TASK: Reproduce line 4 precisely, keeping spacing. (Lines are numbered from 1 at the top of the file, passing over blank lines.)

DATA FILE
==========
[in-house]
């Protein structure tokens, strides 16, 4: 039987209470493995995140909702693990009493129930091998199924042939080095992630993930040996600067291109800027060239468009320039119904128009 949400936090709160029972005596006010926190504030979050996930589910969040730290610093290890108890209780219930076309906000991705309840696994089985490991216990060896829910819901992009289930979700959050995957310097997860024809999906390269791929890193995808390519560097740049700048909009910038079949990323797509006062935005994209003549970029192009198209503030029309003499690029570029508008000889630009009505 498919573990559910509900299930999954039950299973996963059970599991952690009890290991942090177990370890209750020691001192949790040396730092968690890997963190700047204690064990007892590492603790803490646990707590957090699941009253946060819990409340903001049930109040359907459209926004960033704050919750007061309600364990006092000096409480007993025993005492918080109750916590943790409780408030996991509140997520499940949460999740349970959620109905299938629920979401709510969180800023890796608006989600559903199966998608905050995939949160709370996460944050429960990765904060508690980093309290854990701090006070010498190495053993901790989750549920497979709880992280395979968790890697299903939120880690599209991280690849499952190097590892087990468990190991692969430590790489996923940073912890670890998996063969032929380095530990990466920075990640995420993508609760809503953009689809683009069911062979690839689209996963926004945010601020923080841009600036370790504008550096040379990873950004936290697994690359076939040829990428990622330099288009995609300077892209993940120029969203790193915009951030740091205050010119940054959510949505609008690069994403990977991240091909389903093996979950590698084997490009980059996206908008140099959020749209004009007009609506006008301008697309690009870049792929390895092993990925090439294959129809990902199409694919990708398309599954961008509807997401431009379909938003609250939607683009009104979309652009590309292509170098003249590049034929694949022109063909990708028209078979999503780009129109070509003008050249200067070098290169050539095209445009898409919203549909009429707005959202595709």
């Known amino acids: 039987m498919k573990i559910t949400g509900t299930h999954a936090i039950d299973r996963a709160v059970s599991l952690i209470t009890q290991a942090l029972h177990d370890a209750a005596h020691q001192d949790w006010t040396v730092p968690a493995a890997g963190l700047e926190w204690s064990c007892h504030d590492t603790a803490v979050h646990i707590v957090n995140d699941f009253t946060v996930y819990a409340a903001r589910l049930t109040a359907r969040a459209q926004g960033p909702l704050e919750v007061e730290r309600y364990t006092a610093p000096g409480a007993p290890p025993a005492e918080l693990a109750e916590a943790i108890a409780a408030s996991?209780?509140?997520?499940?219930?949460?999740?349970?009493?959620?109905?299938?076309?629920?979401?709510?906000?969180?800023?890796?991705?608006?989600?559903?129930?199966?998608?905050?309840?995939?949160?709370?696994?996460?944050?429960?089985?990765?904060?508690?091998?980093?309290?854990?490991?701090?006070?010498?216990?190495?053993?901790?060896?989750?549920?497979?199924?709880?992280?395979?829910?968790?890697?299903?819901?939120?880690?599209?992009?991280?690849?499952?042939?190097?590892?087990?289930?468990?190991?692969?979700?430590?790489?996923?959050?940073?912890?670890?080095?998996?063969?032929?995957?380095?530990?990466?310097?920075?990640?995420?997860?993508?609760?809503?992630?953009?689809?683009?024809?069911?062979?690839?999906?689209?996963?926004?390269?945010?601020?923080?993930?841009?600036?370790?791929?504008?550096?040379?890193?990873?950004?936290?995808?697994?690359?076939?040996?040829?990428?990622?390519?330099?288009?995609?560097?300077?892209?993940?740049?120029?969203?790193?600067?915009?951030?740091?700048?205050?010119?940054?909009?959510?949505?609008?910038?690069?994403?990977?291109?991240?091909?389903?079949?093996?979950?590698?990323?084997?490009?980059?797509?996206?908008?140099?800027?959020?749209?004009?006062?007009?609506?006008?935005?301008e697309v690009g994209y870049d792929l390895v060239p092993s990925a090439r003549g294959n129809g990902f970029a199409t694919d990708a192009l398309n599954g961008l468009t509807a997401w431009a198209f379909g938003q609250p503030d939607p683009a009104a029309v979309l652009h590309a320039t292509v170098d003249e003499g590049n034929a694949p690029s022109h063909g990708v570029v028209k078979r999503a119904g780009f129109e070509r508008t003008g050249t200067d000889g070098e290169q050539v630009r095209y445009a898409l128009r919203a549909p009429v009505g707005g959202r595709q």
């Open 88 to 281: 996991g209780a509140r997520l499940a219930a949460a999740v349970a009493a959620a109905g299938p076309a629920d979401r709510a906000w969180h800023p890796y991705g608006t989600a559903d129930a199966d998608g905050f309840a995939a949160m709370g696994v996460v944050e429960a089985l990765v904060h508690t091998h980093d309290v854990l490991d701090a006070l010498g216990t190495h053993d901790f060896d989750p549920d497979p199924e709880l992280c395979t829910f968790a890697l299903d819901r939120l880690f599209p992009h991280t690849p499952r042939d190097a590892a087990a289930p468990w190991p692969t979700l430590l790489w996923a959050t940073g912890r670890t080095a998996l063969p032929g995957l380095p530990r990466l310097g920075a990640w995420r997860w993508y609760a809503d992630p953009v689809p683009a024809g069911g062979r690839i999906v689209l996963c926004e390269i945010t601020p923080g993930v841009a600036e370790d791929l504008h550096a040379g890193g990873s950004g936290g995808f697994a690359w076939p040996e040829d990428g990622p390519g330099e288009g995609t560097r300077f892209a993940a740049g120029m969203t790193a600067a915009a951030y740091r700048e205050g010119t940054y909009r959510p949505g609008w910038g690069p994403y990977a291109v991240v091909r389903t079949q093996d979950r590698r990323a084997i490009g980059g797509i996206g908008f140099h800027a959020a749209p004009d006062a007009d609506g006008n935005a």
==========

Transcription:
């Open 88 to 281: 996991g209780a509140r997520l499940a219930a949460a999740v349970a009493a959620a109905g299938p076309a629920d979401r709510a906000w969180h800023p890796y991705g608006t989600a559903d129930a199966d998608g905050f309840a995939a949160m709370g696994v996460v944050e429960a089985l990765v904060h508690t091998h980093d309290v854990l490991d701090a006070l010498g216990t190495h053993d901790f060896d989750p549920d497979p199924e709880l992280c395979t829910f968790a890697l299903d819901r939120l880690f599209p992009h991280t690849p499952r042939d190097a590892a087990a289930p468990w190991p692969t979700l430590l790489w996923a959050t940073g912890r670890t080095a998996l063969p032929g995957l380095p530990r990466l310097g920075a990640w995420r997860w993508y609760a809503d992630p953009v689809p683009a024809g069911g062979r690839i999906v689209l996963c926004e390269i945010t601020p923080g993930v841009a600036e370790d791929l504008h550096a040379g890193g990873s950004g936290g995808f697994a690359w076939p040996e040829d990428g990622p390519g330099e288009g995609t560097r300077f892209a993940a740049g120029m969203t790193a600067a915009a951030y740091r700048e205050g010119t940054y909009r959510p949505g609008w910038g690069p994403y990977a291109v991240v091909r389903t079949q093996d979950r590698r990323a084997i490009g980059g797509i996206g908008f140099h800027a959020a749209p004009d006062a007009d609506g006008n935005a």